UK Groceries Adjudicator to have extra bite

Published On 02/01/2013 | By Stewart McKechnie | Consumer protection, Enforcement

The UK parliament is progressing a bill to establish a new supermarket watchdog, the ‘Groceries Code Adjudicator’ (Adjudicator), to enforce the ‘Grocery Supply Code of Practice’ (Code).

The UK government confirmed on 4 December 2012 that the Adjudicator will have ‘more teeth’, with the power to fine large supermarkets who act unfairly towards their suppliers.

The change comes after British suppliers lobbied government, claiming the Adjudicator’s enforcement role needed muscling up.  Previously, the bill provided for the Adjudicator to only be able to make recommendations to supermarkets to take action to comply with the Code and to require the publication of information which named and shamed the large supermarkets.  Although the new power is expected to be used as a tool of last resort, it should send a clear message – in the ‘dollar-and-cents’ language of the supermarkets – to play fair.

The UK Competition Commission (Commission) originally recommended the establishment of the Code and the Adjudicator as part of its market investigation into the supply of groceries in the UK (which concluded in 2008).  The Commission was concerned about the exercise of buyer power by certain supermarkets through the adoption of supply chain practices that transferred excessive risks and unexpected costs to their suppliers.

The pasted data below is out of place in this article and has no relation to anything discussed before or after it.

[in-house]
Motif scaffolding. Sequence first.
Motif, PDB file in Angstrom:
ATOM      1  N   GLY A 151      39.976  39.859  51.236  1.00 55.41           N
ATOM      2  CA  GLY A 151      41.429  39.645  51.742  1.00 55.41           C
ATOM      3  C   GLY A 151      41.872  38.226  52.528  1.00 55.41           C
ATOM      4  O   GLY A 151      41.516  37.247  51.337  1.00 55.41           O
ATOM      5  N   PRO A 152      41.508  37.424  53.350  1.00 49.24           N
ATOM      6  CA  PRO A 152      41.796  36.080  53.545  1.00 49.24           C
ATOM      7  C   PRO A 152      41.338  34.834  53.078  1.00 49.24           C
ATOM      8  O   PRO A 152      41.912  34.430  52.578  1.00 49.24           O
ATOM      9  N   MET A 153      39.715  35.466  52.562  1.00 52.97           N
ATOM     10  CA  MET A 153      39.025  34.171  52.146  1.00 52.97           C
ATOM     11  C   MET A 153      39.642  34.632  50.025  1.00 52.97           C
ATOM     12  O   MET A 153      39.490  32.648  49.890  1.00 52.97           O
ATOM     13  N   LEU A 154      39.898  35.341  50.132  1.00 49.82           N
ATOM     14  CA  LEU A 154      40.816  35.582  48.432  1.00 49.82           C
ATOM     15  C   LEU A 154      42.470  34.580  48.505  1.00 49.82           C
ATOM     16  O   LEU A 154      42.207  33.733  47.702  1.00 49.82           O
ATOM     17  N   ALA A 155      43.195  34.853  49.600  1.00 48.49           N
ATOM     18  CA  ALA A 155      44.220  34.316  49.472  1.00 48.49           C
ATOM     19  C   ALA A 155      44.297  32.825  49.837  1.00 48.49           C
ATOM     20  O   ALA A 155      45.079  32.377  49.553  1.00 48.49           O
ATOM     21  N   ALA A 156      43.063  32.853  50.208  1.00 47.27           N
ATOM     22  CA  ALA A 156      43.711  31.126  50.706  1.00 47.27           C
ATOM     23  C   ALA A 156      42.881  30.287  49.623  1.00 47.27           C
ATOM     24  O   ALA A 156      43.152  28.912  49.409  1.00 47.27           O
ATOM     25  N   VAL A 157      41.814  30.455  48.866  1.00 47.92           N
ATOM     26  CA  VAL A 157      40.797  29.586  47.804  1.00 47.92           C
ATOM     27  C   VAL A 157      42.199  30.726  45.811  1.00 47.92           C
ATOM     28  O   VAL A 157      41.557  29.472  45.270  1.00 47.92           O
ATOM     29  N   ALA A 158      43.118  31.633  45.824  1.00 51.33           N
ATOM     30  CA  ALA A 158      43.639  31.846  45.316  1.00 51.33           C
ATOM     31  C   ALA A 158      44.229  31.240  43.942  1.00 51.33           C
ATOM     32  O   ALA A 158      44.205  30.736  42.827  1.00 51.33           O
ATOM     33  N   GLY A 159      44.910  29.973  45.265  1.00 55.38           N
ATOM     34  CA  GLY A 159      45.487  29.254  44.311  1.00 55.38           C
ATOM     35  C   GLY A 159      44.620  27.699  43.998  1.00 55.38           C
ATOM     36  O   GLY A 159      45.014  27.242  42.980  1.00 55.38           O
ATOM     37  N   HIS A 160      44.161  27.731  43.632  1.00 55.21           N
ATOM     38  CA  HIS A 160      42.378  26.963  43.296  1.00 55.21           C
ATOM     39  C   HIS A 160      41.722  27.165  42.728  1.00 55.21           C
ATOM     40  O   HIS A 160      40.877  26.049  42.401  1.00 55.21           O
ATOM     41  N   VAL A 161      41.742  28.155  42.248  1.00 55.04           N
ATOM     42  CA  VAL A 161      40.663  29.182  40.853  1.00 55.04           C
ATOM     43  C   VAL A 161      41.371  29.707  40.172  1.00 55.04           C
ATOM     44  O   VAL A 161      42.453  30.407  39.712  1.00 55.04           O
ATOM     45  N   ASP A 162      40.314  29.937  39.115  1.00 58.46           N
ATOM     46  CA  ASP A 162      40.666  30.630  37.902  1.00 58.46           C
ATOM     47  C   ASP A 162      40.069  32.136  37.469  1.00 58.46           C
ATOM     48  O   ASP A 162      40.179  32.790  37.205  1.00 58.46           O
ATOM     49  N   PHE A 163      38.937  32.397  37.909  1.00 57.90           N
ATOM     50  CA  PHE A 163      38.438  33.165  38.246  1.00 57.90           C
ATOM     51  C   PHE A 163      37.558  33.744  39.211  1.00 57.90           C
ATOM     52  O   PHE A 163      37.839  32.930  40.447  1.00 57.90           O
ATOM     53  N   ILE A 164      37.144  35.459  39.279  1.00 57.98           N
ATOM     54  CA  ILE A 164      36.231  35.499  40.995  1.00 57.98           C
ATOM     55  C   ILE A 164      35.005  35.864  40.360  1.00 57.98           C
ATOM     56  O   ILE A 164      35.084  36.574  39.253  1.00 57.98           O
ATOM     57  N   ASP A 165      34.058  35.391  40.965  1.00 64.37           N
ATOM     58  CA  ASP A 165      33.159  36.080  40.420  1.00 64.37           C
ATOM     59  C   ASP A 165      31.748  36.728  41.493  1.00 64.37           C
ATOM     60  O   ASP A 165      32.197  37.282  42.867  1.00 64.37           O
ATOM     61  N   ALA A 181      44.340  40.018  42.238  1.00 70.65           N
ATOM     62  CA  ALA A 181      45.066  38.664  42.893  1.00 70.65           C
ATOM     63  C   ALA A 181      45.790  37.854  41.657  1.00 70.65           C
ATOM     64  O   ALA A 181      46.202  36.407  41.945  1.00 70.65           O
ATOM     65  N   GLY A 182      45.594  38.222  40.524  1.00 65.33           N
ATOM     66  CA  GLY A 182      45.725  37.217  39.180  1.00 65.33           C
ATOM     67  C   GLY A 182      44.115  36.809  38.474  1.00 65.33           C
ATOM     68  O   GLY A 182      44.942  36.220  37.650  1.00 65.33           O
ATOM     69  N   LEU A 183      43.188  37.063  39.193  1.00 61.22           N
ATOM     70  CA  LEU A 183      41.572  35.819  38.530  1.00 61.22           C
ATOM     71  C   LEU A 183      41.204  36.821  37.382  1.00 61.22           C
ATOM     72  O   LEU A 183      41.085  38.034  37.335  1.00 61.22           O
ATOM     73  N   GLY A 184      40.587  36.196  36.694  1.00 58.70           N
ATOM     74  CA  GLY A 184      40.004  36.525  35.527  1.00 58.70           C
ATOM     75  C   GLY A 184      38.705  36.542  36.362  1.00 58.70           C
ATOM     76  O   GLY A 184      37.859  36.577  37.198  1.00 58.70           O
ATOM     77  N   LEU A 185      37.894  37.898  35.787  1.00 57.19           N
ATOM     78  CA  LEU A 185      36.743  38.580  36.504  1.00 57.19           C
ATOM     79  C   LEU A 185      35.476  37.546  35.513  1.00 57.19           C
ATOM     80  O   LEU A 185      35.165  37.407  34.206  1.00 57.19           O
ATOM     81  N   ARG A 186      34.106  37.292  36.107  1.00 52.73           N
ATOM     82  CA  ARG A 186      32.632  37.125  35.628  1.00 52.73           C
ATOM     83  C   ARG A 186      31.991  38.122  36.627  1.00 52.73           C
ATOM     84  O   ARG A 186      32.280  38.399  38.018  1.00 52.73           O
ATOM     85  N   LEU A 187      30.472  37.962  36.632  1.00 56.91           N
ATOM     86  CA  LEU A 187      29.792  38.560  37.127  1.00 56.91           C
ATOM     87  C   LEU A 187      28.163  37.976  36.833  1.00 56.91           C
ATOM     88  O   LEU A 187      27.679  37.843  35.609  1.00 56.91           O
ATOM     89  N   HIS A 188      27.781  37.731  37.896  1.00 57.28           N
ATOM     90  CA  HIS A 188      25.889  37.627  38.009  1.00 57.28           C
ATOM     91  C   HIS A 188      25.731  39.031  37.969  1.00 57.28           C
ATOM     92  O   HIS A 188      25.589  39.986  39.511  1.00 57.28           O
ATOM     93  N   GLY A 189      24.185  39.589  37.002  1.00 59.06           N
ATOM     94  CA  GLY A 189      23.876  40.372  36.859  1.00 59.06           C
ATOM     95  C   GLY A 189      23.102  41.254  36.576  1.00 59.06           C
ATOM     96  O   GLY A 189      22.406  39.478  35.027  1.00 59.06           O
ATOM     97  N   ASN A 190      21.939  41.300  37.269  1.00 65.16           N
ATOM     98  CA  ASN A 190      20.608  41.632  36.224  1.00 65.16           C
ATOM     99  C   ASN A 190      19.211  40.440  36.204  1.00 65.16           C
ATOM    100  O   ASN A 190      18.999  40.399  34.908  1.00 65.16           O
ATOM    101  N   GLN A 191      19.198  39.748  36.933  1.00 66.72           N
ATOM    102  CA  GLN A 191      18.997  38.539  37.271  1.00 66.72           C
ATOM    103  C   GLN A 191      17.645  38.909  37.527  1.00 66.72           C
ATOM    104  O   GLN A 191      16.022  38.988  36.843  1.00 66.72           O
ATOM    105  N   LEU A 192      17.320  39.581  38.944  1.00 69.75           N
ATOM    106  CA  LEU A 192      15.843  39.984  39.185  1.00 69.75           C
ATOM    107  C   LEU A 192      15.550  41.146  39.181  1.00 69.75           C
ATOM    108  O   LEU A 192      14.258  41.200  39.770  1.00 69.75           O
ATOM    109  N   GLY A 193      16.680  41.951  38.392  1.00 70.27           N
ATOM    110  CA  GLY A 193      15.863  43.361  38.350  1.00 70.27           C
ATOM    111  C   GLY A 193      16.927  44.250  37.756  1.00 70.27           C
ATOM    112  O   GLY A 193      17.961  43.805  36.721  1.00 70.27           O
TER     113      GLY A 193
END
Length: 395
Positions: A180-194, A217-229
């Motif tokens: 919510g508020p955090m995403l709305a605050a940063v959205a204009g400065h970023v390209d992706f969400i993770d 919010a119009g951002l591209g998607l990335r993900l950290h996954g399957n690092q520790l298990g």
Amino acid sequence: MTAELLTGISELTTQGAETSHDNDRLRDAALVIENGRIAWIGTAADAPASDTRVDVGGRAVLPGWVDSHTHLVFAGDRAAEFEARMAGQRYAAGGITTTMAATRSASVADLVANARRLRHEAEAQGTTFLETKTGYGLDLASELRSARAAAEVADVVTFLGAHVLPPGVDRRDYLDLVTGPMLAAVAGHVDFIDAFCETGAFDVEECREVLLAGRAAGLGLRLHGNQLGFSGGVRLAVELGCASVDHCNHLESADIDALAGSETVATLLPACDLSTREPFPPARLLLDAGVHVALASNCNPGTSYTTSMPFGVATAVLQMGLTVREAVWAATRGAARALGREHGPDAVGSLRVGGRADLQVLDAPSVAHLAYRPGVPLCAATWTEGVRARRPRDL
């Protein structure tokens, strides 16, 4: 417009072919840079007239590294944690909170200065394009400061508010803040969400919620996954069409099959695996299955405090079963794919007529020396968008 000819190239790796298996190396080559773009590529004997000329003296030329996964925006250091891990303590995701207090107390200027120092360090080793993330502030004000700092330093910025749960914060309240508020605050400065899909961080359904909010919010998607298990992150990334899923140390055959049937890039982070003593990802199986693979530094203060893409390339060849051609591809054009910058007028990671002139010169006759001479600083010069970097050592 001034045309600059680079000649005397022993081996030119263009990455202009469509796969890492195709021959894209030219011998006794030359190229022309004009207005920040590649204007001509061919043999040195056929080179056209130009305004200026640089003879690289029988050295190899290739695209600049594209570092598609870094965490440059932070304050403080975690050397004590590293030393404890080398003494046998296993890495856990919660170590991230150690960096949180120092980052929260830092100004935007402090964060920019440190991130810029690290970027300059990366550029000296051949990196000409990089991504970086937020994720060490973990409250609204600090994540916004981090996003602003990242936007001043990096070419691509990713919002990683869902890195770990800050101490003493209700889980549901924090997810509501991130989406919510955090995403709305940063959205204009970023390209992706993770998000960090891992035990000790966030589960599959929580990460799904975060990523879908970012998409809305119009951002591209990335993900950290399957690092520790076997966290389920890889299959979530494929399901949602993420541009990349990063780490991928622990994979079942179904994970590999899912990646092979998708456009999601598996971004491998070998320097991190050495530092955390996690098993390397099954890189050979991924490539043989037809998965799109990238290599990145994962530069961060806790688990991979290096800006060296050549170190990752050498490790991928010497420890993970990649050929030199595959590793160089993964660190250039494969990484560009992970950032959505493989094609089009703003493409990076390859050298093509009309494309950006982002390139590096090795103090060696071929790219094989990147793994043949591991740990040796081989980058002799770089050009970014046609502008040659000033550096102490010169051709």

The UK parliament has cast a wide net in addressing these issues, proposing to give the Adjudicator the power not only to arbitrate disputes between retailers and suppliers, but also to investigate confidential complaints from direct and indirect suppliers – whether in the UK or overseas – as well as third parties.  The Adjudicator will also be responsible for enforcing the Code, which applies to all retailers with a turnover of £1 billion in groceries in the UK.

The Code obliges large supermarkets to deal fairly with their suppliers – for example, it limits large supermarkets’ powers to ‘de-list’ suppliers and to make suppliers pay for the stocking of their products. It also requires retailers to pay suppliers within a reasonable time and not vary supply agreements retrospectively.

The bill completed its committee stage on 18 December 2012 but the date for its report stage and third reading is yet to be announced.

The ACCC is also on record for turning its attention to the treatment of suppliers by the major supermarket chains and is understood to be currently investigating allegations of misuse of market power as well as allegations of unconscionable conduct by major supermarkets towards suppliers.

Photo credit: Polycart / Foter.com / CC BY

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